In order to save water in a severe drought, Laura Whitney-Korte reduced watering her lawn to two times a week, turns off the shower to suds up and never leaves the faucet running while brushing her teeth.
And what has she received for her water-saving efforts? A threatening letter from the city of Glendora’s code enforcement team saying that her brown lawn could be a “potential public nuisance problem” that may cost her $100-$500 in fines and possible criminal action.
“Despite the water conservation efforts, we wish to remind you that limited watering is still required to keep landscaping looking healthy and green,” read the letter, which said maintaining this appearance is part of keeping Glendora beautiful and keeping up city’s “Pride of the Foothills” image.
The letter, with the city seal and the police department seal, contained three pictures: a dead lawn with a red line through it, a weedy lawn also crossed out and a lush, green lawn with a sprinkler running in the daytime, apparently the positive example.
“It is telling me I’d better get my lawn green and I have 60 days to do it,” said Laura Whitney-Korte.
Whitney-Korte and her husband, Michael, are caught in a squeeze. On one hand, they said they want to obey Gov. Jerry Brown’s call to reduce water consumption 20 percent because California is in the third year of record low rainfall with some communities running out of water.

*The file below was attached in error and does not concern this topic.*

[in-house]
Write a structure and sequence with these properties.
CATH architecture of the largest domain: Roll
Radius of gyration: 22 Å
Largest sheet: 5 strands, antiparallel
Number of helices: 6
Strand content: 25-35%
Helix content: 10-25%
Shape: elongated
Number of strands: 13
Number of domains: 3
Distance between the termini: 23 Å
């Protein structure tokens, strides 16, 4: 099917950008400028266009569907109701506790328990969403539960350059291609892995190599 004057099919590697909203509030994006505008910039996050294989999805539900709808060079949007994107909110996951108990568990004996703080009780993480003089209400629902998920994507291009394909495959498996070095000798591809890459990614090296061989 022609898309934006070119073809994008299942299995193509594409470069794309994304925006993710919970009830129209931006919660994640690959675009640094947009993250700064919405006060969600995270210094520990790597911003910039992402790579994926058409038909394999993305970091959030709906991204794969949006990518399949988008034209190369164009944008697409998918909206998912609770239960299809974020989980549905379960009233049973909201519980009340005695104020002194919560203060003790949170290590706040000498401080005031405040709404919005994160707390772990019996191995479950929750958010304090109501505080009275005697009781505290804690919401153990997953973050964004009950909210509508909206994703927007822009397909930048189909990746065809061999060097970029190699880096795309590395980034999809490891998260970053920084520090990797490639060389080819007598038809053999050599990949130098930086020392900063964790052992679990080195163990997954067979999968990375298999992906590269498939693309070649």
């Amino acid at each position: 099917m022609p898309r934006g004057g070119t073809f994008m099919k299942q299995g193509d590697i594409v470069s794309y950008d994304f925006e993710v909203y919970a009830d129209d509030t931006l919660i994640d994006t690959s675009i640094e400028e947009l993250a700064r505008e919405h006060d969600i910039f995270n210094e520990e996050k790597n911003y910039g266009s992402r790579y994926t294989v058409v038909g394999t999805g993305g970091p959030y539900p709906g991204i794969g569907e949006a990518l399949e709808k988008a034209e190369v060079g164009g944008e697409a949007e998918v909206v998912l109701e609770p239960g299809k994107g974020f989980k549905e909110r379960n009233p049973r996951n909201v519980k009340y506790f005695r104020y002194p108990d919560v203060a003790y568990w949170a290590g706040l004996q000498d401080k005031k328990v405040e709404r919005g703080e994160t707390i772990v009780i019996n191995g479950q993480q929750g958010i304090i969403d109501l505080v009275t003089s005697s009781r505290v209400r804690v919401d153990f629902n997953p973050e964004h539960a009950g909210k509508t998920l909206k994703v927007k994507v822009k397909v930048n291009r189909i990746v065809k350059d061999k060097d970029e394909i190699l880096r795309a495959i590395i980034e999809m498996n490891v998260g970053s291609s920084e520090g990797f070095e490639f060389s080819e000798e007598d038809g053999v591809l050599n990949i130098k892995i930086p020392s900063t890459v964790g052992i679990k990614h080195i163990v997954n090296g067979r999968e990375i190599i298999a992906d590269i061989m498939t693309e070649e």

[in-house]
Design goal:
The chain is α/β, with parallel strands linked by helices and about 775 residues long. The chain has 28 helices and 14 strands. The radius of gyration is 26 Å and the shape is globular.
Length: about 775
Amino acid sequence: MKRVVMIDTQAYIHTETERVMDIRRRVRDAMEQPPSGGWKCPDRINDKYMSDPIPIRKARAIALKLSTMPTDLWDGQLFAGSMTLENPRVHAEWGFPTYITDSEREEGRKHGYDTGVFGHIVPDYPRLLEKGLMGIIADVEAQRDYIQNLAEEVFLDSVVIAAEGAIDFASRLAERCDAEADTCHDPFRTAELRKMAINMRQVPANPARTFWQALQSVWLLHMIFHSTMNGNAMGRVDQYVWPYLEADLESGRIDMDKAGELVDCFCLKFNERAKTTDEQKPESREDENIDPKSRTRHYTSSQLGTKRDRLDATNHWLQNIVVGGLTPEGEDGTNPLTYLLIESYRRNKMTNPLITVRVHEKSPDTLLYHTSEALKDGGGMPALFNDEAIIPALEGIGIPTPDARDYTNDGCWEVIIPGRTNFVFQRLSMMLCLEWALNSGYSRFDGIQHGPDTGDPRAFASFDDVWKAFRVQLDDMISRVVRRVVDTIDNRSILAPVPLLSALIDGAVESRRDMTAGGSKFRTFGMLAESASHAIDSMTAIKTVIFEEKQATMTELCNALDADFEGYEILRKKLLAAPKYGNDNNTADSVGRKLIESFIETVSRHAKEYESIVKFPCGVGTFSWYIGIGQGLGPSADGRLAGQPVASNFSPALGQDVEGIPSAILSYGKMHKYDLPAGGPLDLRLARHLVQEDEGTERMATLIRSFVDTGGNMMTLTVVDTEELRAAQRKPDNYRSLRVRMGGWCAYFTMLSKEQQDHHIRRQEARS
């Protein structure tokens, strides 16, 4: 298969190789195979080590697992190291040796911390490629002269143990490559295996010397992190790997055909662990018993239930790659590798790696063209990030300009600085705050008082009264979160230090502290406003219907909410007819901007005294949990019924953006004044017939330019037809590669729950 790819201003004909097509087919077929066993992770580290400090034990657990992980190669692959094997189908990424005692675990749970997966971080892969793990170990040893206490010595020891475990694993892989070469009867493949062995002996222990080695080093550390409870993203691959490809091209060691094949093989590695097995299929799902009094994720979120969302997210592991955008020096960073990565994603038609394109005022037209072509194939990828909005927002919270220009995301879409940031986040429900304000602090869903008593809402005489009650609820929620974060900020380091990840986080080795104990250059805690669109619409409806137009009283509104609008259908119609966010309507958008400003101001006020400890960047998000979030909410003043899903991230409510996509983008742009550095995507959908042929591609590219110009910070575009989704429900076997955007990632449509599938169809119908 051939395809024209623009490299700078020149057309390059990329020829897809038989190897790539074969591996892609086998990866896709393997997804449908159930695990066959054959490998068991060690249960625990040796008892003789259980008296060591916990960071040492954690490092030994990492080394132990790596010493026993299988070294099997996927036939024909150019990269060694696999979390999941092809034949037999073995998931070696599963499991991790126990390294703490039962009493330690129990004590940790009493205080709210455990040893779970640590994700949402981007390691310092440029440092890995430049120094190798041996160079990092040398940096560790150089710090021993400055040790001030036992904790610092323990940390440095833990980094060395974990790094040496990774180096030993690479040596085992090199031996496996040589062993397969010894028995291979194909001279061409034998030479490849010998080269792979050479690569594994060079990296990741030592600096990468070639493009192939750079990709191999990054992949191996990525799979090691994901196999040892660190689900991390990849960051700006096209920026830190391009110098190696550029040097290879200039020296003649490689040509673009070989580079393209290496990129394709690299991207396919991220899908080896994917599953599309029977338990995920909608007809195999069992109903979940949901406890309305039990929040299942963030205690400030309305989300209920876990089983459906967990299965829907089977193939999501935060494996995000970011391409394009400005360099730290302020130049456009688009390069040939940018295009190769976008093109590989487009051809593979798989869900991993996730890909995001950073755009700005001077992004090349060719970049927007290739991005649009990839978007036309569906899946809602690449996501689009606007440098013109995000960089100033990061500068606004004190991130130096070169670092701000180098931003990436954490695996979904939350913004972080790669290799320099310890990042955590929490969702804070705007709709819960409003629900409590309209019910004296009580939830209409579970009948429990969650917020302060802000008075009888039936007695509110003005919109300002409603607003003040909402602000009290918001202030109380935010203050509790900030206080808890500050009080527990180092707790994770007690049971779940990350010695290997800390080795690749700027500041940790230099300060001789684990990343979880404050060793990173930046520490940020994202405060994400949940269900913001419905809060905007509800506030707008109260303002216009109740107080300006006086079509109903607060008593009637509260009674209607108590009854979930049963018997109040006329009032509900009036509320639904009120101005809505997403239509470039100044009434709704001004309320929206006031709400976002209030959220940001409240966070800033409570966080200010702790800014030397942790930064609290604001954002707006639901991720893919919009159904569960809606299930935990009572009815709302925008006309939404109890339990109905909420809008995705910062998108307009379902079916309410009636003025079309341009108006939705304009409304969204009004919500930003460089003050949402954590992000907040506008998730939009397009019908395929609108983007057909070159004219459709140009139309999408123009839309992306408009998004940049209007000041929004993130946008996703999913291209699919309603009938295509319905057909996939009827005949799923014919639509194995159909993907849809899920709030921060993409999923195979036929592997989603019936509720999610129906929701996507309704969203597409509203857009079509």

In fact, the governor’s call was strengthened Tuesday — the same day the couple received the letter — when the State Water Resources Control Board gave local agencies the power to hand out $500 fines for overwatering lawns.
Now, the couple says they are trying to avoid paying fines to City Hall for having an unkept front and side lawn, which they say ironically will require watering every day to remedy.
“It seems like you’ll be fined if you overwater but we will be fined no matter what,” said Laura, during an interview inside the couple’s 1946, post-war bungalow in south Glendora. [story continues here]